More Good Things
Publication Date: June 19, 2007
This is usually one of my favorite annual columns (and, judging from the
email response, it's apparently one of yours as well), but I'm having
trouble writing it this year. It's not that it's been a bad year, but
I'm struck by how many of these stories have a "Yeah, but" attached to
them. I'll point those out as we go, but I'll try to focus on the things
that we have to celebrate about our game this year.
- The postseason has been one wild ride this year. This one
definitely has a dark side to it -- I would have loved to have seen what
Vanderbilt, San Diego, and Texas could do in Omaha, and too many years
in a row of this would cheapen the tournament the way the men's basketball
tournament became silly for a few years in the late '80's and early '90's --
but it's been an awful lot of fun to watch as one after another of my
assumed contenders went away.
- Matt LaPorta came all the way back. After a stellar sophomore
campaign, LaPorta's stock had fallen heavily after an injury-riddle junior
year. He came back with a monster year, turning in the best adjusted rate
stats of anyone in the nation. If there's a dark side, it's that he may
still be a little fragile to turn in a long career, but he's definitely
going to be a force if he can stay on the field.
- UC Irvine joined the ranks of the big boys in just their sixth
year back on the field. Irvine was under .500 in the Big West from
1983 until 1992 before dropping the sport for a decade. This year, they
came all the way back and surpassed anything they had done before, making
a serious run at both the Big West and NCAA titles before coming up just
short of both. The dark side here concerns Coach Serrano's degree
difficulties; we'll hope for reason and compassion on both sides as this
story plays out.
- The Texas A&M and LSU staffs invented an essentially new strategy
for Kyle Nicholson and Jared Bradford, respectively. The role of
pitcher at large seems to have tremendous potential, as Nicholson in
particular ranged from long relief to closer to, if unused long enough,
starter, being spotted in the most useful spot possible to help the team
win each series. I don't see a downside here.
- Mississippi State pulled in over 26,000 for a two-game
super-regional. Neither attendance nor money is everything, and neither
team involved was great, but an atmosphere like that can't do anything but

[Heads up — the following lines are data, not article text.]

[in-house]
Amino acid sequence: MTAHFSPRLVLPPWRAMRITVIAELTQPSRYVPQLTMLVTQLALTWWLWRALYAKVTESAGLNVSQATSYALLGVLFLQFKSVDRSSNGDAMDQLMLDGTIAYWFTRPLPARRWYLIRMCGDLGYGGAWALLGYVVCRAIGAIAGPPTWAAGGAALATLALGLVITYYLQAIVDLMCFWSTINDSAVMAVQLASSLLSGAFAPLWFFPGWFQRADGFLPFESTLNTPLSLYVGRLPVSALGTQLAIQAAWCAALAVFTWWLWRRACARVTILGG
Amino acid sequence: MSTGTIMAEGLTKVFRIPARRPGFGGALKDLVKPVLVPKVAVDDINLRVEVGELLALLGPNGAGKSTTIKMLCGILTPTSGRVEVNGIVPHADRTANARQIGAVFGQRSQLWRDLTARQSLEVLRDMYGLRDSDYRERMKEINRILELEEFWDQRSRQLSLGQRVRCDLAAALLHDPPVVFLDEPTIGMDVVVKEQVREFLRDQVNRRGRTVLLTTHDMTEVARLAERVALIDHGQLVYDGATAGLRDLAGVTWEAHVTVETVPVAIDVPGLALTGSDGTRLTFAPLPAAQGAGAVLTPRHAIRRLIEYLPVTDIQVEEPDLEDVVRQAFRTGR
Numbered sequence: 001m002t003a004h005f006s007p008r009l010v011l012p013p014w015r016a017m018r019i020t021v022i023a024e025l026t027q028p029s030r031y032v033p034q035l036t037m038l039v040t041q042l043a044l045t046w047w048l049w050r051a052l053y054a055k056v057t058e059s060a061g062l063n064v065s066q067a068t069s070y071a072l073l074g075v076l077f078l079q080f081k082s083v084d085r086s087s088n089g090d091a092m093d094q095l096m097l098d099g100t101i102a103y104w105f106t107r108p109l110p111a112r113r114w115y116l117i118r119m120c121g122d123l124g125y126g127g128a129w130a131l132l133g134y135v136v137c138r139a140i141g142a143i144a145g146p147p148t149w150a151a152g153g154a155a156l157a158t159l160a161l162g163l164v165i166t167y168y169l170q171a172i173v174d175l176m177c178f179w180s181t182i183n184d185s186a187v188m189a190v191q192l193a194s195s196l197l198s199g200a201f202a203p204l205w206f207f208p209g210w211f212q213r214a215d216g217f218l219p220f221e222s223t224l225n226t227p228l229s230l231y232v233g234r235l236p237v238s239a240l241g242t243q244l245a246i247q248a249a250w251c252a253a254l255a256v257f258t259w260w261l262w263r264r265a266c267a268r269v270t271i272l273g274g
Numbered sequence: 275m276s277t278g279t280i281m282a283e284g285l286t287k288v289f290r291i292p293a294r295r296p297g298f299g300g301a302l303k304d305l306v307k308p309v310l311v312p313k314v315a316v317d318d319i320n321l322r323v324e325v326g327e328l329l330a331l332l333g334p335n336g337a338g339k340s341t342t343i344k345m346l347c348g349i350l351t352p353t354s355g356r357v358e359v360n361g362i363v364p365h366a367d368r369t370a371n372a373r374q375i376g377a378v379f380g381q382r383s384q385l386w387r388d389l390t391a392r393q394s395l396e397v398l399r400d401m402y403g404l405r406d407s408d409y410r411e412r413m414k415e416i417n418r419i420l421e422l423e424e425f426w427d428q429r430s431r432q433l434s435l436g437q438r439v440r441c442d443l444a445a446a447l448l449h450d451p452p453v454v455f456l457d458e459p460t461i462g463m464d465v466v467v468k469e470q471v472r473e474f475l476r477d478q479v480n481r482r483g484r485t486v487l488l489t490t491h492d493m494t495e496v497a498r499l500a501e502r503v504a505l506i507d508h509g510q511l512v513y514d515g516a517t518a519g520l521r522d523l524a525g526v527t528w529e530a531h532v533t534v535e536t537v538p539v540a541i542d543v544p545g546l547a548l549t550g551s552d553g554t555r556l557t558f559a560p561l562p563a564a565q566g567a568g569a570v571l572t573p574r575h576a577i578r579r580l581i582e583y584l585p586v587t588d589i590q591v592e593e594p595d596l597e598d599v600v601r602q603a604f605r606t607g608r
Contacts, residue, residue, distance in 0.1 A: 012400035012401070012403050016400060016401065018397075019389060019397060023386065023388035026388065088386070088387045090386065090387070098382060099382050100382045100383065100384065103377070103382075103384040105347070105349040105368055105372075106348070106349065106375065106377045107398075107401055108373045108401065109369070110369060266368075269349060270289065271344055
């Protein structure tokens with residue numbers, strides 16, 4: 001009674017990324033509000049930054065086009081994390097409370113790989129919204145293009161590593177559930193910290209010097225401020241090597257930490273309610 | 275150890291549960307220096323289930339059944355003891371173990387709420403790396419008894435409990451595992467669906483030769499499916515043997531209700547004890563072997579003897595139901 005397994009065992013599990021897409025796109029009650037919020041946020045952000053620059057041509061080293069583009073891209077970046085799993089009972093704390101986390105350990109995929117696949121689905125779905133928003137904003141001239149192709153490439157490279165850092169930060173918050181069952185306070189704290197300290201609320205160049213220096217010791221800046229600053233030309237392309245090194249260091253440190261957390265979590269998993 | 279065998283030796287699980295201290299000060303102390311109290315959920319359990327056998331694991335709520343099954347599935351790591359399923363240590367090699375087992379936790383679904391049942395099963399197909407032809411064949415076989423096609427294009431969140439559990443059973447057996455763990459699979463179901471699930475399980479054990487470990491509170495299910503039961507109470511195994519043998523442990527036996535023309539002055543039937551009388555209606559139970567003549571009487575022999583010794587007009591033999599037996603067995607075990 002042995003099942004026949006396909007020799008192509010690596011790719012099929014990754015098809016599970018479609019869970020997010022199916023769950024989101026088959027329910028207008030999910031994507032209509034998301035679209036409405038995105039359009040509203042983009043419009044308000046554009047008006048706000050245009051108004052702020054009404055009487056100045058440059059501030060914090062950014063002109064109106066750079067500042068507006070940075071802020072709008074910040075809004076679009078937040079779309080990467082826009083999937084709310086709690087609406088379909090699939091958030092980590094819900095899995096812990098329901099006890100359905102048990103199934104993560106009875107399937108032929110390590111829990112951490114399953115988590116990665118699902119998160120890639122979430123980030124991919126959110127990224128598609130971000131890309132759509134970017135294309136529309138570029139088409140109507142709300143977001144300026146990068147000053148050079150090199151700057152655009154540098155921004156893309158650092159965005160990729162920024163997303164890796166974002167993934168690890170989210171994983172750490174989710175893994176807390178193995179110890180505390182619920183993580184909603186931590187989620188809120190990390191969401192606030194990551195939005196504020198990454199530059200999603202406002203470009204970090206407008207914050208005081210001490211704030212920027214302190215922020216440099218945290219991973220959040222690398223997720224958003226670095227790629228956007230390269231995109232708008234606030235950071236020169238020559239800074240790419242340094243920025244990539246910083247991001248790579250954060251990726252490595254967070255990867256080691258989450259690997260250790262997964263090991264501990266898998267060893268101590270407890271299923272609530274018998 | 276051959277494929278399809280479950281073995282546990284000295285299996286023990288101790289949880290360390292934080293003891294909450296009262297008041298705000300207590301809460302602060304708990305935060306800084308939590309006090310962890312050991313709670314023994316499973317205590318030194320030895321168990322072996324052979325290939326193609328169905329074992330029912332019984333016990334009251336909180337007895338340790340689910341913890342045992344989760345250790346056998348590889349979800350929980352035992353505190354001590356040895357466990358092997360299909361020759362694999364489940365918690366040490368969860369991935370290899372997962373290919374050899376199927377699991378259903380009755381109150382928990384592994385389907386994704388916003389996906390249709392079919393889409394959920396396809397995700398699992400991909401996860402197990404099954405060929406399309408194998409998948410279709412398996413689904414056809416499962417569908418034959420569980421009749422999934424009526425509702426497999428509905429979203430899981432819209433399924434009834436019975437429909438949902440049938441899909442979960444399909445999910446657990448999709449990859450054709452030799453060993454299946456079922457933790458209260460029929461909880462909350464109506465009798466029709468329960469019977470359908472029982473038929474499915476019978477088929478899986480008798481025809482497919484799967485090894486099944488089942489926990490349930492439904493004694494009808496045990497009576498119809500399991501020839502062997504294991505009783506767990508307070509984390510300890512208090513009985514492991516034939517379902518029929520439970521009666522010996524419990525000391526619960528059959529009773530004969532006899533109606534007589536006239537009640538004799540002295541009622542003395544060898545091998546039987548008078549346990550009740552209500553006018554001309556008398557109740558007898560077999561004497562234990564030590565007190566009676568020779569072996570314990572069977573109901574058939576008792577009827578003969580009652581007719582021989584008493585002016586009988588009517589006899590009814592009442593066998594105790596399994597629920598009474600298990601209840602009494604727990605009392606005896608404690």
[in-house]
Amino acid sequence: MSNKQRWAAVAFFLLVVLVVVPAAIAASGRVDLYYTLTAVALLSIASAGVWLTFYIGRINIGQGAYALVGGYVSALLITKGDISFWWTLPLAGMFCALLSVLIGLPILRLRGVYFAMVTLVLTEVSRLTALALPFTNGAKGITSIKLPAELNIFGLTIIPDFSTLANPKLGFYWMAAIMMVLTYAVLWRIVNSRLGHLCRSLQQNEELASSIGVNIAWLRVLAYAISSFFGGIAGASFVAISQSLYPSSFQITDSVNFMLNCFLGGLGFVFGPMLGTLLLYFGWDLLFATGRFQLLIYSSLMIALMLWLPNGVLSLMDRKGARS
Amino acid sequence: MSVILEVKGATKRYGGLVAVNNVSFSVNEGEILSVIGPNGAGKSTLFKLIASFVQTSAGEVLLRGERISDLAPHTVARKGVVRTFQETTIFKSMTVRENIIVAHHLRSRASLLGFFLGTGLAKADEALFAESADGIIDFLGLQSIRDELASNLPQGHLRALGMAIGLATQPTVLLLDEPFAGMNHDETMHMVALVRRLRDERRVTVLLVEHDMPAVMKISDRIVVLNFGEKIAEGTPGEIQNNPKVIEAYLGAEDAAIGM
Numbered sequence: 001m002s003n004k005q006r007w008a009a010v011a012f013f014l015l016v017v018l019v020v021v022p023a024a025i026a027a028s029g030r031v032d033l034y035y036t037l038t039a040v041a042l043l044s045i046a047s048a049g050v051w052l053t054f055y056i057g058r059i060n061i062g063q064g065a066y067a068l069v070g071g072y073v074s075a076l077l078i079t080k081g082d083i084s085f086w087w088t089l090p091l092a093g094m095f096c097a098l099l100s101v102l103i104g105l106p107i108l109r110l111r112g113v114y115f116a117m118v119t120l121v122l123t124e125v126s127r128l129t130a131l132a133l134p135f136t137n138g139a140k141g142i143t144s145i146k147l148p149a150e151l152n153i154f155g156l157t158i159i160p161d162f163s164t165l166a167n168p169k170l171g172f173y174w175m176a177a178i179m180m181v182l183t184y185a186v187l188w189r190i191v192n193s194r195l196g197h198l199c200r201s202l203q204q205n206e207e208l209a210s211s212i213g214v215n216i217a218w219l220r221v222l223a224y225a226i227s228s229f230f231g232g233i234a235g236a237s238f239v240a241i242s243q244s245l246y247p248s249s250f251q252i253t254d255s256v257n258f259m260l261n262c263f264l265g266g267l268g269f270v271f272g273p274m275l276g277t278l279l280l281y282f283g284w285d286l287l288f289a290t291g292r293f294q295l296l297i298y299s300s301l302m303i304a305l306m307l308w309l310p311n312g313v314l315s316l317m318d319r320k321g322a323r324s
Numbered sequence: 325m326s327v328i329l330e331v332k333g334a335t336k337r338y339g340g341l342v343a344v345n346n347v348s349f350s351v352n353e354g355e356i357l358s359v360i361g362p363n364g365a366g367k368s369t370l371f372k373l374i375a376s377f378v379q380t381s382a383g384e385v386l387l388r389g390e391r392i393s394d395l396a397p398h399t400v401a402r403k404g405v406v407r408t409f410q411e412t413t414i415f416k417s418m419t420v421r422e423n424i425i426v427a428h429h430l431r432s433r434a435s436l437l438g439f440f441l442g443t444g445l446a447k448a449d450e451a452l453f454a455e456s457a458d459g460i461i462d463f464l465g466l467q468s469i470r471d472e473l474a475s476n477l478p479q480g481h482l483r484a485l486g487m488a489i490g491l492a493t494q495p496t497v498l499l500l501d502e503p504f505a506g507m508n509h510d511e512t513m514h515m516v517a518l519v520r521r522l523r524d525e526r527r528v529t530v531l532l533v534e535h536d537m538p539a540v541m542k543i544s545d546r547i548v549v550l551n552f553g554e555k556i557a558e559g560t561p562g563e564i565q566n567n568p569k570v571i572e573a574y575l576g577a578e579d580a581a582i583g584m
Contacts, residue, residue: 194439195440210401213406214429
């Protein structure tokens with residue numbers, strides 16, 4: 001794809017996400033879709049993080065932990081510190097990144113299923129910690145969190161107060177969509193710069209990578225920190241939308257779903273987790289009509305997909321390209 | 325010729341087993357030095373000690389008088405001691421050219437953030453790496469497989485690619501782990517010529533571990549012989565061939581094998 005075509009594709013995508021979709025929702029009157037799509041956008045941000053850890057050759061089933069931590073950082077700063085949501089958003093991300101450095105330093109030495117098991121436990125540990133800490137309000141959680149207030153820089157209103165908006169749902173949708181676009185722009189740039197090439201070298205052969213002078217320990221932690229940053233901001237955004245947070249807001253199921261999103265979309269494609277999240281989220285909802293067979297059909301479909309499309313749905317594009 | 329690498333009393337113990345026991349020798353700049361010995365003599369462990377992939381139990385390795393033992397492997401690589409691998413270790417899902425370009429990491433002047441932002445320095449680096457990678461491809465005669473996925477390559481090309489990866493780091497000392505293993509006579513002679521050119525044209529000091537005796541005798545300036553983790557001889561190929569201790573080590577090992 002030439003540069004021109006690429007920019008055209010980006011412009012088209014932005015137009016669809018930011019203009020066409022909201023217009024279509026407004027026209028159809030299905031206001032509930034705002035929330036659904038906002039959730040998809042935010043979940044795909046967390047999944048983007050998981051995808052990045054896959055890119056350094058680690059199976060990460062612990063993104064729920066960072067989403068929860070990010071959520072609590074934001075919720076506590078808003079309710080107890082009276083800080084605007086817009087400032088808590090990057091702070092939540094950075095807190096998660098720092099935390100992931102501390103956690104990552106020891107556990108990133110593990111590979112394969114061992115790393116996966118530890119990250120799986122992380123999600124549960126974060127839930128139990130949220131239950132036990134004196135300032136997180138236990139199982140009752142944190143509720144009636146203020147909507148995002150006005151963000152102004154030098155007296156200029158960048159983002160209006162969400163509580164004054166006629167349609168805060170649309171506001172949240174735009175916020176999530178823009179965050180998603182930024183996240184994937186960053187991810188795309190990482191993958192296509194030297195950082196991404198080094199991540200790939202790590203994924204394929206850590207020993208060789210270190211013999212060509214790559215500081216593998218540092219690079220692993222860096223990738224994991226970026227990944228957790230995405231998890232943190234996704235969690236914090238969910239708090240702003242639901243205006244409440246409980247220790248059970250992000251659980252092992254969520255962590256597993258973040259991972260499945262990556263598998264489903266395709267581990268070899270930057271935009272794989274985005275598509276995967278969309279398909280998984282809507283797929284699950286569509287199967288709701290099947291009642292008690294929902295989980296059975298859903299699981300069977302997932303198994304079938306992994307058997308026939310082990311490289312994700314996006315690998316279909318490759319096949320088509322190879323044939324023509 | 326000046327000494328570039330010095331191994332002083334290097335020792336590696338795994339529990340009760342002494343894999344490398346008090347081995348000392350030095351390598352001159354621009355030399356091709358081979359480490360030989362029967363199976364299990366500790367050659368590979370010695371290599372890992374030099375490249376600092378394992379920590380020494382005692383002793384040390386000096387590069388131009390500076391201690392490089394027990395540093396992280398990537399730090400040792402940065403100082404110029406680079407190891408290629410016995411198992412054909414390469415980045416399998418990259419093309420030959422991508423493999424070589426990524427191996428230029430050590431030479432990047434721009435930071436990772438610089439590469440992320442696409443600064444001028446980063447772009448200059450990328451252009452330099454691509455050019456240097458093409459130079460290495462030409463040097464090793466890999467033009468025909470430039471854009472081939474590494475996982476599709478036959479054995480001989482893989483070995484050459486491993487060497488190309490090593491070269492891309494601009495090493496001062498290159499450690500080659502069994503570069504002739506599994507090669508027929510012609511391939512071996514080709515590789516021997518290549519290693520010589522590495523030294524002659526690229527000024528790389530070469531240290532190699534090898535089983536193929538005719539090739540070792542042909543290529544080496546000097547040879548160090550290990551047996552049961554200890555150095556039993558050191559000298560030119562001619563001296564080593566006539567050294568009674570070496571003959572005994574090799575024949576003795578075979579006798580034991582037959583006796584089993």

be fun. The downside may be that those numbers may delay the move to
neutral-site supers, but that was a few years off anyway, most likely.
- We're going to have an interesting champion. Neither of them
is the best team in the country, but both of them got here fairly -- UNC
earned their national seed and has played a fairly tough postseason slate
for an Eastern team, and Oregon State won on the road and then came
through a bracket with two top-5 ISR teams in Arizona State and Irvine.
North Carolina is favored to become the first ACC champ in over half a
century, ending one of the game's great anomalies, while Oregon State could
become the first repeat champ since LSU in 1996 and 1997 (somebody feel
free to correct ESPN on that).
- Preston Guilmet developed into the nation's most valuable
starter. Guilmet was virtually unhittable for a stretch of about 6
weeks in the heart of Pac-10 play. Only 3 times all season did he
give up more than 3 runs, including 5 shutout appearances. The down side
is that he threw 5 complete games and went deep into every appearance, so
he threw an awful lot of pitches this year.
- Schedules were even better connected than last year's record
pace. This one has a huge downside; next year is almost guaranteed to
be worse as the compressed season length gives teams less time to travel
for inter-regional matchups.
- Perhaps related to the item above, the tournament selections were
the closest to fair that they've gotten so far. There's still a lot
of work to be done on fairness in seeding and there's got to be some
embarassment over the fact that finalist Oregon State was almost omitted,
but there were only two teams where you could make a strong case that they
should have been included, and both of them had enough warts to make their
omission understandable if unfortunate.
- The message seems to be getting through about pitcher overuse.
I don't have full numbers to prove it yet, so I could turn out to be wrong
about this, but the game seems to be dividing itself in this regard into
the haves and have nots. The haves, who have top prospects and are mostly
top programs, seem to be coming up with a much smaller number of abusive
starts these days, while the have nots, with pitchers who generally won't
continue to play post-college, continue to leave them out there. Note the
length of the list below -- while one could quibble that there haven't
really been any great pitching performances this last week, it's true that
there haven't been any over-long outings in Omaha this year, a stark change
from the past.
Pitch Count Watch
Rather than keep returning to the subject of pitch counts and pitcher
usage in general too often for my main theme, I'm just going to run a
standard feature down here where I point out potential problems; feel
free to stop reading above this if the subject doesn't interest you.
This will just be a quick listing of questionable starts that have
caught my eye -- the general threshold for listing is 120 actual pitches
or 130 estimated, although short rest will also get a pitcher listed if
I catch it. Don't blame me; I'm just the messenger.
(*) Pitch count is estimated. As always, I
welcome actual pitch count corrections.
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